Ari – All Jews should get their bags ready!
RUSH (music)
RUSH (words)

David – And you say that the third temple is going to be build right here?
Rabbi – That’s something that all religious Jews fervently believe. 
Ari – Moshiach and the Redemption are right around the corner.
David – Are all Jews going to become religious?
Mendy – We welcome all them with open arms to return to their roots.

Rabbi – Well, David, what do you think of the Kotel at sunrise? 
David – Maybe it’s my imagination, but I can actually feel the holiness.
Rabbi – I’m going to put on my talis and teffilin and join a minyan over there.
David – This is a real eye-opener for me.  I never knew more about Judaism than gefilte fish.  I sense there’s a wellspring of stuff to delve into.  But Rabbi, I’m not ready to become religious. First of all, Barry would kill me.  But the lifestyle is too much of a transition for me.  It’s too restrictive, I like my freedom.
Rabbi – Hashem gives us free will to investigate and make choices.
David – Frankly, Rabbi, I’m a bit confused. My emotions are pulling me in different directions.
Rabbi – David, I have a confession to make.  Whenever I visit Israel, I also get confused, because I can’t remember why I’m not living here.  It’s true that my congregation and much of our family is back in the states.  But the Rebetzen and I have a lot of family here too.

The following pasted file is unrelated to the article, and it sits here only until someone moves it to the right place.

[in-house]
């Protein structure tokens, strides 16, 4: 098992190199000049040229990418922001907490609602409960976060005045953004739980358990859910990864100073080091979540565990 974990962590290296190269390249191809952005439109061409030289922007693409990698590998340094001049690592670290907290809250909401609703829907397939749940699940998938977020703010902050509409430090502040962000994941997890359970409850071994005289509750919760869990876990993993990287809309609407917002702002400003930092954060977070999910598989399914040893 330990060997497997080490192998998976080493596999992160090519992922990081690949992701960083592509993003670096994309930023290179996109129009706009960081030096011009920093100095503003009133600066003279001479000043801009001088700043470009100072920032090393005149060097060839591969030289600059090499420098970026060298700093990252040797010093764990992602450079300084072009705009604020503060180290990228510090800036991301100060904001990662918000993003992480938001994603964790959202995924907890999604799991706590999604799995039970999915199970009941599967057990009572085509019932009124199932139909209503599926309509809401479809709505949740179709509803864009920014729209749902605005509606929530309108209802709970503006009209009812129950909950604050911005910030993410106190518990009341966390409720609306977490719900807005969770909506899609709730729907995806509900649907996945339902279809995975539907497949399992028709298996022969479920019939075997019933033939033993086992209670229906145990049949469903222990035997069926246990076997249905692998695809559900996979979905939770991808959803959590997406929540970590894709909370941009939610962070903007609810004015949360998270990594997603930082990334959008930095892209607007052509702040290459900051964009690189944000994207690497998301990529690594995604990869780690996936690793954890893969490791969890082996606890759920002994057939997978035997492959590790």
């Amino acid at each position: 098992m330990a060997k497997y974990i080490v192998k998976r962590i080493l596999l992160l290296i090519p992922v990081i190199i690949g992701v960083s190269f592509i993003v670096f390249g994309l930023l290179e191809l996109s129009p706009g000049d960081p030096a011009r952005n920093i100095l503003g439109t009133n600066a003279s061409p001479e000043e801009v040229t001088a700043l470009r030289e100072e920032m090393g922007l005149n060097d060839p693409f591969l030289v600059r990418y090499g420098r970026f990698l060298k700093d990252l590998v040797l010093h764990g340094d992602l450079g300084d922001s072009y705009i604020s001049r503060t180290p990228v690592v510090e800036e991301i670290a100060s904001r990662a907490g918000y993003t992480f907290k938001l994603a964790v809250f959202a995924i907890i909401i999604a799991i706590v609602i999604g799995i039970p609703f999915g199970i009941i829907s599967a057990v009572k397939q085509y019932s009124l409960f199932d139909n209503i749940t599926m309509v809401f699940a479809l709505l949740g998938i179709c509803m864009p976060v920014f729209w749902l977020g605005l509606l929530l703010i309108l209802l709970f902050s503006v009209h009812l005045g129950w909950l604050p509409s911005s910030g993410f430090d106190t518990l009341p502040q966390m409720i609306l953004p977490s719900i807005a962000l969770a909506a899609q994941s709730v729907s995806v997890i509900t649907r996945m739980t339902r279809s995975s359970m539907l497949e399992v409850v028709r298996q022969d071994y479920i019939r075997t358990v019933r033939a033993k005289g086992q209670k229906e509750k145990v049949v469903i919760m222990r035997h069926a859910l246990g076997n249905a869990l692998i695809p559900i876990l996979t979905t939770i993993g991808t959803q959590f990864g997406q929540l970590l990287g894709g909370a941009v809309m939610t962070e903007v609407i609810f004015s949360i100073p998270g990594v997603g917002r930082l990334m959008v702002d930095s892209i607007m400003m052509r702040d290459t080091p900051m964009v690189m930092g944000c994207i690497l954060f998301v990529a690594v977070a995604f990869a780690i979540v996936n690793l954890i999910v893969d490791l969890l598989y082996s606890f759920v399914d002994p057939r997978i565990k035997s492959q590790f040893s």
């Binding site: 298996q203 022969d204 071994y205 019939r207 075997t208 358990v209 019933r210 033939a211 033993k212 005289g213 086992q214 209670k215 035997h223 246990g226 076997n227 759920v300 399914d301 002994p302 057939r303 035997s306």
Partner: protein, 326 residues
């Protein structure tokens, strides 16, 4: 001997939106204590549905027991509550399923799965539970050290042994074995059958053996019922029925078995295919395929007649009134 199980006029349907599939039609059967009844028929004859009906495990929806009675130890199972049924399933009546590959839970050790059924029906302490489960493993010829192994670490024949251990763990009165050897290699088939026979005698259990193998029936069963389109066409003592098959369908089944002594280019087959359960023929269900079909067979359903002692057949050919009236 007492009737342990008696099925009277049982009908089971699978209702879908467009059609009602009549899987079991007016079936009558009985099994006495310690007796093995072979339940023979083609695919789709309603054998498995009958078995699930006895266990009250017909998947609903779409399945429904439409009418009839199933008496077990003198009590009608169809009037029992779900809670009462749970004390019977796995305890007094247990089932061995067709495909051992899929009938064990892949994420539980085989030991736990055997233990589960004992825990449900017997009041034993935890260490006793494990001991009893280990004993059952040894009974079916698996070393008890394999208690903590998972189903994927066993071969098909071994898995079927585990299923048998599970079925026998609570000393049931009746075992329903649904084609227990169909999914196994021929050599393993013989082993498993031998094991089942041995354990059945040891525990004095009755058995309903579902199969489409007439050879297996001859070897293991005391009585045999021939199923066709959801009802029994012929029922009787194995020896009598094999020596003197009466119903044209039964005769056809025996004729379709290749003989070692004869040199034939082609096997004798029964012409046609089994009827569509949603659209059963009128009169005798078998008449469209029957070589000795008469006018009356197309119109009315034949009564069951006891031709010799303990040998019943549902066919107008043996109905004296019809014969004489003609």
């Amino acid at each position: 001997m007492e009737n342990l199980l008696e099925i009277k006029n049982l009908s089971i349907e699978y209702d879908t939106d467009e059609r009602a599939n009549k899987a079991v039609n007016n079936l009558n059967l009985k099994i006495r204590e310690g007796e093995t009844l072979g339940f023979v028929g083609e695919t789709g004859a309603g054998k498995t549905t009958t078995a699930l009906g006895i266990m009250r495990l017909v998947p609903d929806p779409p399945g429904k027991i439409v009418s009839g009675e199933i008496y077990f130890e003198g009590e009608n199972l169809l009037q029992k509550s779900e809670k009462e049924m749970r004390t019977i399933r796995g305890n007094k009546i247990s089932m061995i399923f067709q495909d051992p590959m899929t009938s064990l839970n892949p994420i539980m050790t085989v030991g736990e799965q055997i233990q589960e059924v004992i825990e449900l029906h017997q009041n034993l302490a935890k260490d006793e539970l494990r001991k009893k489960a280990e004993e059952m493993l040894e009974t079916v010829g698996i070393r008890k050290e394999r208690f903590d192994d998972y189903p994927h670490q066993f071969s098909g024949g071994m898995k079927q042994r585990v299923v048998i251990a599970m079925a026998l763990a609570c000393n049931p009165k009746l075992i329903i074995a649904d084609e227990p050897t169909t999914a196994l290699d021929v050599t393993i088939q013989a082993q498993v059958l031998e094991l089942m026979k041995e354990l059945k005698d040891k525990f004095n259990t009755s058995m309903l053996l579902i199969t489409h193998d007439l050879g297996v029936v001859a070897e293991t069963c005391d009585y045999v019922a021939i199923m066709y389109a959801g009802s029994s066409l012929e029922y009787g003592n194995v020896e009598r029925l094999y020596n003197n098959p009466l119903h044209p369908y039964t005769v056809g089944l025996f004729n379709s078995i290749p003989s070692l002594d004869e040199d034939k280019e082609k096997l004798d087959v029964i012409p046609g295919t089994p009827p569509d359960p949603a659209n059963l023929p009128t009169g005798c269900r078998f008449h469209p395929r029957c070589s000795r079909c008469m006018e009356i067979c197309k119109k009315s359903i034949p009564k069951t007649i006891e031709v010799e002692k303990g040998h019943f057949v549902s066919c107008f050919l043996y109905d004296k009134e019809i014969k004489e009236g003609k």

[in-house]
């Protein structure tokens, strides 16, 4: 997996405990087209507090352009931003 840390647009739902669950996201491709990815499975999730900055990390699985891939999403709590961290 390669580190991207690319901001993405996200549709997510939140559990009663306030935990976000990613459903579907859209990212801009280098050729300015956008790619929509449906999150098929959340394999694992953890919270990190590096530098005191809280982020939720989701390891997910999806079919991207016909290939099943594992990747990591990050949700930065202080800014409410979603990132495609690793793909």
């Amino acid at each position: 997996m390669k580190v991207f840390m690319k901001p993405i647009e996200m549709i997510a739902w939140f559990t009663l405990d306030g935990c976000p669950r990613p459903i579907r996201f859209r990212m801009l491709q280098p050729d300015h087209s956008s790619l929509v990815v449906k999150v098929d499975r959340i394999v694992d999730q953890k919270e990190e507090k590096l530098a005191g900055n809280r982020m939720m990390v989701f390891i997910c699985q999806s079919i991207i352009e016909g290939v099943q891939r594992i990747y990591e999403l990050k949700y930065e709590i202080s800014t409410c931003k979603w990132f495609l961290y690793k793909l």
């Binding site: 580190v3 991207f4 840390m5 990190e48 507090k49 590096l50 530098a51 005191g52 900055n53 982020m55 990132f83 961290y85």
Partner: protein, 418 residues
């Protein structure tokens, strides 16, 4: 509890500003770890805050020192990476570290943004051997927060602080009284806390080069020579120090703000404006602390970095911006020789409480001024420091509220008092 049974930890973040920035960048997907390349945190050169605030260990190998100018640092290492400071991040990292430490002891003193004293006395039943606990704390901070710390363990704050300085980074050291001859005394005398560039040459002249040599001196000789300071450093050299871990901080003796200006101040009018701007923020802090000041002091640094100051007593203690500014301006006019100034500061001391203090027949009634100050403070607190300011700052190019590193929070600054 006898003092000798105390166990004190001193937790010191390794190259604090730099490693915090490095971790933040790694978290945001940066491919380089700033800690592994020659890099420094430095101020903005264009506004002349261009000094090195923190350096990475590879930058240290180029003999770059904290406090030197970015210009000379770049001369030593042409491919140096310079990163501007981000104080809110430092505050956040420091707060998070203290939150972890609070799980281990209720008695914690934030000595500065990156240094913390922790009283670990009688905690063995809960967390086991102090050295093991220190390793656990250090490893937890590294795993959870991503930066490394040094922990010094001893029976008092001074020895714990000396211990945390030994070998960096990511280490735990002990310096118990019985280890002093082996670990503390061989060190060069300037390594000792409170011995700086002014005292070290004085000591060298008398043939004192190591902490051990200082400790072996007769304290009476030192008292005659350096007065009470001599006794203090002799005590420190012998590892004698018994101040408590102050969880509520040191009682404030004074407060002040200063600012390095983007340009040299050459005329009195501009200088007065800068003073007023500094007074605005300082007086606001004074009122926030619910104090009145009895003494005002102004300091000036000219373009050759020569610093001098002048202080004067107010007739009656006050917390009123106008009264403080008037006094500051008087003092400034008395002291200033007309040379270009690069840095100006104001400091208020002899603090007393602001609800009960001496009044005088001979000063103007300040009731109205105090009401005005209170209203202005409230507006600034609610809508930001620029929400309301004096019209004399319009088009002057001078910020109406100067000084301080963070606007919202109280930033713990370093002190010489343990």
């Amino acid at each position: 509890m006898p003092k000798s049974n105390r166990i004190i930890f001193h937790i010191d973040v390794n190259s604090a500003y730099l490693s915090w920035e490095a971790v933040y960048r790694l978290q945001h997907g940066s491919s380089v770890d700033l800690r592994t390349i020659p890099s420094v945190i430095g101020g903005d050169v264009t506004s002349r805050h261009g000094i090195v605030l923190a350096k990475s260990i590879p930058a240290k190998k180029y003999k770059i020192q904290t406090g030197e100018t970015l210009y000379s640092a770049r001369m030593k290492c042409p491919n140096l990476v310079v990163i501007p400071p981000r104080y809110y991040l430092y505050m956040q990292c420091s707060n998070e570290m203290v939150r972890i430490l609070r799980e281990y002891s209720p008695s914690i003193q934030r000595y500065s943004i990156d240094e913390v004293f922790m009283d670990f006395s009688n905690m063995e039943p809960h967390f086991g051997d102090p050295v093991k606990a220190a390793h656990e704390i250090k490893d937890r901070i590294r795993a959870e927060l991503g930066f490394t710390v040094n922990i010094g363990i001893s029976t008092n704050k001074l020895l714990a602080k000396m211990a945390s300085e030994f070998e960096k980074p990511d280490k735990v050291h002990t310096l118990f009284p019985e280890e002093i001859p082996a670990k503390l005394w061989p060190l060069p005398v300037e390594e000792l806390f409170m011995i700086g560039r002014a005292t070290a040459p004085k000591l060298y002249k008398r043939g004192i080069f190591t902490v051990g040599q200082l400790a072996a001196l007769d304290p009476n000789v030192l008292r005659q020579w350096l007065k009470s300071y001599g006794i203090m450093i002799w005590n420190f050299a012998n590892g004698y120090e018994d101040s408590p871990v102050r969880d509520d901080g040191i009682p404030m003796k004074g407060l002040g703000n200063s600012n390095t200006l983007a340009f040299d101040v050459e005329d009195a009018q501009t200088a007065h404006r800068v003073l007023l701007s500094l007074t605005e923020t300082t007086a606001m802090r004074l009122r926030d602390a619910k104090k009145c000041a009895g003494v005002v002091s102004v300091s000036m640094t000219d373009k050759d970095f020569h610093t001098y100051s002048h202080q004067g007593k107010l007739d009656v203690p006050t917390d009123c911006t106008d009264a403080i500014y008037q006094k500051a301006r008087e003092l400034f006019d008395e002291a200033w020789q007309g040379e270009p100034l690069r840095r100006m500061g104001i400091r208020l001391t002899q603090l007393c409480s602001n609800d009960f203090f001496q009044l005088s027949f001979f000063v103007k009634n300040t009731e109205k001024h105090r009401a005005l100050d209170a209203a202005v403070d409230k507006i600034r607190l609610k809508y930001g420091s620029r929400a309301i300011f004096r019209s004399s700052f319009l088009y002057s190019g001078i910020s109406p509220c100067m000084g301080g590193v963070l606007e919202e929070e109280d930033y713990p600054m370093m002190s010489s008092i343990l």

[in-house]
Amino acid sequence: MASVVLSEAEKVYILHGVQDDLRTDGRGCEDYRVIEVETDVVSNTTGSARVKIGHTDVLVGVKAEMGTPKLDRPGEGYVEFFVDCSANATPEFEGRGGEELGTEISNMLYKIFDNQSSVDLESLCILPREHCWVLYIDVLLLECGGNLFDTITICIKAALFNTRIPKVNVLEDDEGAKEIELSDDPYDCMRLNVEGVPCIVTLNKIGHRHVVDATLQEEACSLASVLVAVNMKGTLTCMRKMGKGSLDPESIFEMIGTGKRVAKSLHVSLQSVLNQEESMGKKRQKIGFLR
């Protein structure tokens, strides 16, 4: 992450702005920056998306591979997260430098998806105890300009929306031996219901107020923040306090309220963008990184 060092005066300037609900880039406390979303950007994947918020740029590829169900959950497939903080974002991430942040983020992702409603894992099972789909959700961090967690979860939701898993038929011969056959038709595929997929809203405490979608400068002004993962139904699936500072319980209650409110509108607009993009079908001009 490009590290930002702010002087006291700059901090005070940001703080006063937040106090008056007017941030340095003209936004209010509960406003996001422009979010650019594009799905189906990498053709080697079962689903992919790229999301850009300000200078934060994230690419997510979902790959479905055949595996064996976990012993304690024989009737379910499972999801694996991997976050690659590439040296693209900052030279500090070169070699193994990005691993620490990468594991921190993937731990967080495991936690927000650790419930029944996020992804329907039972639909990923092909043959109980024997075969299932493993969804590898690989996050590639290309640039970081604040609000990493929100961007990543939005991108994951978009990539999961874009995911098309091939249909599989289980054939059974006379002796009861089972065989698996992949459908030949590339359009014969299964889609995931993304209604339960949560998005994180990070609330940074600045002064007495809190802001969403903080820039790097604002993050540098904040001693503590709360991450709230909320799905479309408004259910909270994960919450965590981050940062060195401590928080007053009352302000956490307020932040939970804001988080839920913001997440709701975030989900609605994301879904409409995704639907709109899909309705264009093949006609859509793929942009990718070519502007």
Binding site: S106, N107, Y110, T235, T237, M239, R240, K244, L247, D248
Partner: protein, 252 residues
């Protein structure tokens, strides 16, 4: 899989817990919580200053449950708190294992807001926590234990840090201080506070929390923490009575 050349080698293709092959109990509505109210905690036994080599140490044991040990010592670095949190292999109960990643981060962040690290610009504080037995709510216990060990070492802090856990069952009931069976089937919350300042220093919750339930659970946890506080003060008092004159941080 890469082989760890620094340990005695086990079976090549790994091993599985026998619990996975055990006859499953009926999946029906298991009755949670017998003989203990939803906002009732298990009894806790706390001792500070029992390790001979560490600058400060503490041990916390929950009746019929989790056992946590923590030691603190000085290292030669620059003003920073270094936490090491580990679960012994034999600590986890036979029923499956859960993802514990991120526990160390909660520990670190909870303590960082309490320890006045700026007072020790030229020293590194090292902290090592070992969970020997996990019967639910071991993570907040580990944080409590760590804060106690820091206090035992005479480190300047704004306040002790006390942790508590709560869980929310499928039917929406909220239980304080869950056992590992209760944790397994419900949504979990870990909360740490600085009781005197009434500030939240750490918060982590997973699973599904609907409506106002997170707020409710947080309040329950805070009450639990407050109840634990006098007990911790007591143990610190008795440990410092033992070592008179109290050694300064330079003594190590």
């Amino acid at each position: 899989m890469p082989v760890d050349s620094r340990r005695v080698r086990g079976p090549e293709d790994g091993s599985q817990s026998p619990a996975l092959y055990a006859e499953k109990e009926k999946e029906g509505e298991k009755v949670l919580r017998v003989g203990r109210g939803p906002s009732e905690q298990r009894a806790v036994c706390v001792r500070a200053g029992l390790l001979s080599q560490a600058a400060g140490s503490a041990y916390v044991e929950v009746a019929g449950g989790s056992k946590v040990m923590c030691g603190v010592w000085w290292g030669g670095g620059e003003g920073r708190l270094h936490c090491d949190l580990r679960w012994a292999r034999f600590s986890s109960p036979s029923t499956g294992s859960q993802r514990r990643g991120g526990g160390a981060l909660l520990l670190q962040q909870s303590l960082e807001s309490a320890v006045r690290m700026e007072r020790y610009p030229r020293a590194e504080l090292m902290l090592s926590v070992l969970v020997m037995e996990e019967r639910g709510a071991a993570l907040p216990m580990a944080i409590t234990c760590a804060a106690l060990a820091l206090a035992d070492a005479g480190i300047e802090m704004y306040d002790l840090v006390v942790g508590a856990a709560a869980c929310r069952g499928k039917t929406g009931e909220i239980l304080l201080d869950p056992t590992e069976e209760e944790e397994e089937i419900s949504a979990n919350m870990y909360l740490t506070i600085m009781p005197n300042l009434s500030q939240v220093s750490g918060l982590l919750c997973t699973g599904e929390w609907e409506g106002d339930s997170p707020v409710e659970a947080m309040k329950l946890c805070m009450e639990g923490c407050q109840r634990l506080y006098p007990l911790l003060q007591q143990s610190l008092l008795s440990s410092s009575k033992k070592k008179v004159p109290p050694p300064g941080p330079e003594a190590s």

David – I wish things were clearer.
Rabbi – Hashem didn’t mean for life to be that unchallenging!

ACT 3 – Shavuous in Shul, Back in New York
– David, I can’t believe I let you drag me to Shul for an all night learning session!
David – Barry, you’re still my closest friend, and ever since my father passed away 4 weeks ago, I’ve felt an extra need for family and friends. I appreciate your coming with me tonight.
Barry – But staying up all night learning! What is this holiday called again?
David – It’s called Shavuous. Rabbi Goldberg mentioned it a few times in his talks tonight. He, and the other speakers, have been pretty interesting.  You know, Barry, I just needed the feeling of community tonight, and I also needed you here.
Barry – David, I also need friends, family, and community.  But don’t fall into the trap that my little brother Jay, I mean Yossi, did.  The religious community doesn’t offer these things any more than anybody else. 
David – Possibly you’re right.  The people just seem a bit more accessible, a bit warmer.
Barry – That’s just an illusion.  They just want to drag you into the same prison that they live in.  Look, we’ve been good friends all our lives. That didn’t have anything to do with religion  Religion has separated Jay from our family, he won’t even eat our Mom’s Thanksgiving turkey anymore.  You don’t have to be religious to believe that friends and family are at the center of our lives. We’ve got to be with people we love, and who love us.

David – Boy, Yossi and Rabbi Goldberg are really into this learning together!
Barry – What’s with this staying up all night learning, anyway?
David – From the way it’s been explained to me, Barry, Shavuous was when the Jews first got the Torah at Mount Sinai, 49 days after leaving Egypt. 
Barry – But why stay up all night?
David – I think it’s got something to do with showing their love for the Torah that they received.  Listen, Yossi and Rabbi Goldberg are talking about it now.

Yossi – You know Rabbi, Shavuous is one of my favorite holidays.  After spending the whole night learning, I feel so
Rabbi – Yossi, it has the same effect on me.